By Stacy Hackner, on 6 January 2014
Some respected individuals (supervisors, mentors, parents) have advised me to not get distracted by the primrose paths that crop up during a PhD. These primrose paths are always deliciously exciting, offering opportunities to study wonderful new topics that one can justify as marginally related to one’s thesis and therefore potentially of use. Of all the primrose paths I’ve followed, I never expected the most relevant one to be about astronauts.
My thesis explores ancient Nubia, the region that is now northern Sudan, from roughly 3000 years ago to medieval times. Unlike their contemporaries, the Egyptians, the Nubians didn’t have a system of writing until the Meroitic period (300 BCE-400 CE), a time of Egyptianizing influence. They built small pyramids and imported Egyptian goods, attesting to the influence of their famous northern neighbors. In the absence of writing (and even in the presence of texts, as humans tend to play with the truth), archaeologists try to build a picture of the ancient society using physical evidence, including human remains. Fortunately, the dry climate and sandy soil usually result in excellent bone preservation, allowing me to identify differences in bone shape. But wait – let me back up a little.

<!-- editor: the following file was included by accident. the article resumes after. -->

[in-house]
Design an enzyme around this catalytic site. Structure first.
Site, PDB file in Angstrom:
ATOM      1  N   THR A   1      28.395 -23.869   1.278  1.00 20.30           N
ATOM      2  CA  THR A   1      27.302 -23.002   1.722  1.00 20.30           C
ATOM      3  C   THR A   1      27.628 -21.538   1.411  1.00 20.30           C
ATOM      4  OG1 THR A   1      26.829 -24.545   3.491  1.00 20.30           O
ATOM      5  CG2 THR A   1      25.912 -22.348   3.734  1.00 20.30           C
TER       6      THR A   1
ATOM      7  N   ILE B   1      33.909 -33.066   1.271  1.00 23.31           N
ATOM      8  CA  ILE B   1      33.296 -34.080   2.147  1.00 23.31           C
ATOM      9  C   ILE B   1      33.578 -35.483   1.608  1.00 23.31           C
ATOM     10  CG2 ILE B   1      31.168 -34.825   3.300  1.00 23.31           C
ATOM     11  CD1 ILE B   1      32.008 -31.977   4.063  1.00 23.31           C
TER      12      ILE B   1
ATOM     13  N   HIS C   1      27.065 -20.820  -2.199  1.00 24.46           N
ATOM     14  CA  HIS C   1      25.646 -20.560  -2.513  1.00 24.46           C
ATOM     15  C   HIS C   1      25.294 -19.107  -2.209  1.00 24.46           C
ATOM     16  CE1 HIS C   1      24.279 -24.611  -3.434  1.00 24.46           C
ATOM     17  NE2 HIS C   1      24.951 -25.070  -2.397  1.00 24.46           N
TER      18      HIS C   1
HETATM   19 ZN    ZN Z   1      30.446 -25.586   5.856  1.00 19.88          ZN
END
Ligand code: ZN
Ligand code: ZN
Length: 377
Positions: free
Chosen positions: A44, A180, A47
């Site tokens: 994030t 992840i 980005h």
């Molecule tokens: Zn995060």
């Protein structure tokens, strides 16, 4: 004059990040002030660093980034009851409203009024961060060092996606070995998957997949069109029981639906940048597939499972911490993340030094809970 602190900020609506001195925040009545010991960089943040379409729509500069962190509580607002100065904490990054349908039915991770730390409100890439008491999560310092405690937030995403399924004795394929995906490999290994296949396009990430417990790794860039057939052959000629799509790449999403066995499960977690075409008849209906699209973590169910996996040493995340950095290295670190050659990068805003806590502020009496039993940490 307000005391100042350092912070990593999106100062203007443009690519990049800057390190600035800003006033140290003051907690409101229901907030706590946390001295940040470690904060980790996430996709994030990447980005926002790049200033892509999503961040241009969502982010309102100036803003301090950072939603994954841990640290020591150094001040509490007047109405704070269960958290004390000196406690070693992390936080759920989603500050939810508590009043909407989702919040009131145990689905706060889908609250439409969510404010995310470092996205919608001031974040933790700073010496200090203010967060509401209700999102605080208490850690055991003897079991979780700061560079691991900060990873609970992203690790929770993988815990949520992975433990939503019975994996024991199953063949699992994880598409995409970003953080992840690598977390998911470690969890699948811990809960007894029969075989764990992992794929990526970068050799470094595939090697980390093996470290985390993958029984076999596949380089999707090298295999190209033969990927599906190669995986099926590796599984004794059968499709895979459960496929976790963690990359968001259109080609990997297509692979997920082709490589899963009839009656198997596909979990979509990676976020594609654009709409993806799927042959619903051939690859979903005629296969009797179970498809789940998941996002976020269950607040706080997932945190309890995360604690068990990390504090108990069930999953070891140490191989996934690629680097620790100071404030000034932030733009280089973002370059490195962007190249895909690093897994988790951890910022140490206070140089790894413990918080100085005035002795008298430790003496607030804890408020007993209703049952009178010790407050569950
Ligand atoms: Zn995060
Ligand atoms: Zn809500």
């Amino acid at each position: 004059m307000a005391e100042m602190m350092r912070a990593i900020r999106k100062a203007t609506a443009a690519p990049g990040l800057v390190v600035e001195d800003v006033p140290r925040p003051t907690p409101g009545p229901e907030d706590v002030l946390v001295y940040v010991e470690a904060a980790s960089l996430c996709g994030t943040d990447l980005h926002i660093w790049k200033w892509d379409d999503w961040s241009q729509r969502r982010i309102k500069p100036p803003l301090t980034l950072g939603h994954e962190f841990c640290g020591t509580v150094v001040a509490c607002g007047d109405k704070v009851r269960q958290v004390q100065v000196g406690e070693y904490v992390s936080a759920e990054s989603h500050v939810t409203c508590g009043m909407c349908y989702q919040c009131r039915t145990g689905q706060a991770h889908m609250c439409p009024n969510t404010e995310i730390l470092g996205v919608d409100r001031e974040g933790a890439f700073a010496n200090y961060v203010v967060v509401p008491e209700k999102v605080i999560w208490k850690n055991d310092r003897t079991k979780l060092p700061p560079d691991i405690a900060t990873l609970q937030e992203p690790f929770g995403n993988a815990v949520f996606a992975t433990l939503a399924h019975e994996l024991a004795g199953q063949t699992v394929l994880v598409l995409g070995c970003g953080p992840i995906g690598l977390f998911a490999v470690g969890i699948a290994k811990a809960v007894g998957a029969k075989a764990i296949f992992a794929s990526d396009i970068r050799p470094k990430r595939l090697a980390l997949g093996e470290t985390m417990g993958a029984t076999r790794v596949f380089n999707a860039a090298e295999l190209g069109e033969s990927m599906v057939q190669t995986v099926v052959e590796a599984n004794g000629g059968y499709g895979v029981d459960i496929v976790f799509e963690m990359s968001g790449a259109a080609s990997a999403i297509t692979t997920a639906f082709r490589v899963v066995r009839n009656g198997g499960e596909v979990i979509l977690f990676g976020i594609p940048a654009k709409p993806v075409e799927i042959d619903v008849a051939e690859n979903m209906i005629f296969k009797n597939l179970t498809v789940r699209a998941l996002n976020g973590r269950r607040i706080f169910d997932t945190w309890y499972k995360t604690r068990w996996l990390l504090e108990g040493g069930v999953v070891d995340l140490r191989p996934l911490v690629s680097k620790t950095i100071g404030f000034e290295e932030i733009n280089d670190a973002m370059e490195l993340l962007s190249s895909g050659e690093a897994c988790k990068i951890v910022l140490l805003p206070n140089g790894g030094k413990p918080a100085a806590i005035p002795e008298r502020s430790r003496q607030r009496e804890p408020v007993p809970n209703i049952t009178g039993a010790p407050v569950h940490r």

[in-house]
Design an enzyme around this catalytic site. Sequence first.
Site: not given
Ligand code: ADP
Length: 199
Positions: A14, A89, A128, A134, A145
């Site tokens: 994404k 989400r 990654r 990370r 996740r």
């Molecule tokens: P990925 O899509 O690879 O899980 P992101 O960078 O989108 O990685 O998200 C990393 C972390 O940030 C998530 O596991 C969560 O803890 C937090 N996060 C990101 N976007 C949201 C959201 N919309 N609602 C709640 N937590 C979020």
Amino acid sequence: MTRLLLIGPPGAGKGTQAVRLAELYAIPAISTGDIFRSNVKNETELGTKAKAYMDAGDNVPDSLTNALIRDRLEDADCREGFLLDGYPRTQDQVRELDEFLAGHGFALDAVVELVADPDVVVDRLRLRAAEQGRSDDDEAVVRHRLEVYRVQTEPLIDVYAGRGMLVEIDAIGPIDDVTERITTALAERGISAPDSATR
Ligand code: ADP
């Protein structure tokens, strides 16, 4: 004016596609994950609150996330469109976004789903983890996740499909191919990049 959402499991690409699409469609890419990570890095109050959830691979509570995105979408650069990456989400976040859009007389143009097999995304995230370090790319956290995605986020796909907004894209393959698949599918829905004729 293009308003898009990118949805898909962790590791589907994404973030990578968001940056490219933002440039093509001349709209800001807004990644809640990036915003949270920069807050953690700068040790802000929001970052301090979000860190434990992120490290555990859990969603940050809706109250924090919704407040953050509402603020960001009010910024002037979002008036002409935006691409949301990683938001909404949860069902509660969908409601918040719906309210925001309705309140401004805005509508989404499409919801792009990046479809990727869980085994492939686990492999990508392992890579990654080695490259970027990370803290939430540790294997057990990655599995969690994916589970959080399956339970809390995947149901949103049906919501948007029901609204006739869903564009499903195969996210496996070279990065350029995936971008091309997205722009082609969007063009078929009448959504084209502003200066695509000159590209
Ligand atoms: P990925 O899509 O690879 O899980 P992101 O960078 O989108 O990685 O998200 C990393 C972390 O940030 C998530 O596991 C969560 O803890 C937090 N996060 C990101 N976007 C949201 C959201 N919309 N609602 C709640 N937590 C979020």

We aren’t entirely sure how bone works. There are two types of cell responsible for bone maintenance – osteoblasts and osteoclasts. Osteoblasts build bone, and osteoclasts take it away. The body is highly responsive to changes in activity, and bone is constantly updating itself accordingly. The general principle is that your body thinks what’s happening now will happen forever. Think about when you’re running a race: it’s hard to start because your body’s been used to standing still and needs some time to amp up your heart rate and muscle contractions. When you finish the race, your heart keeps pounding for a minute or two because it hasn’t quite got the signal to stop running yet. Bone works in a similar way. In response to physical stress, bone will accumulate more osteoblasts to strengthen itself. Each step makes tiny microfractures, which tells the bone “Come on, I’m breakin’ here! Give me more strength!” and the osteoblasts pile on. In the absence of activity – during periods of prolonged sitting or lying down – the osteoclasts come in to take away unnecessary bone. “You’re not using this one, right? Then we can send the calcium somewhere else.” The thing is, scientists don’t know all the signals involved in this process. We know what happens, but not the channels of communication. I like to imagine bone cells having little conversations with each other, but clearly it’s all on a neurochemical level we haven’t yet discovered.
The concept of bone building in necessary areas is keenly presented in studies of elite athletes. In a study by Haapsalo et al (1998) of young female tennis players, the players gained significant bone mineral content in the bones of their dominant (forehand and serving) arm. When the authors looked at a control sample (girls who did not play tennis), there was minimal or no difference between their arms; there was also minimal difference between the nondominant arms of the tennis players and the controls.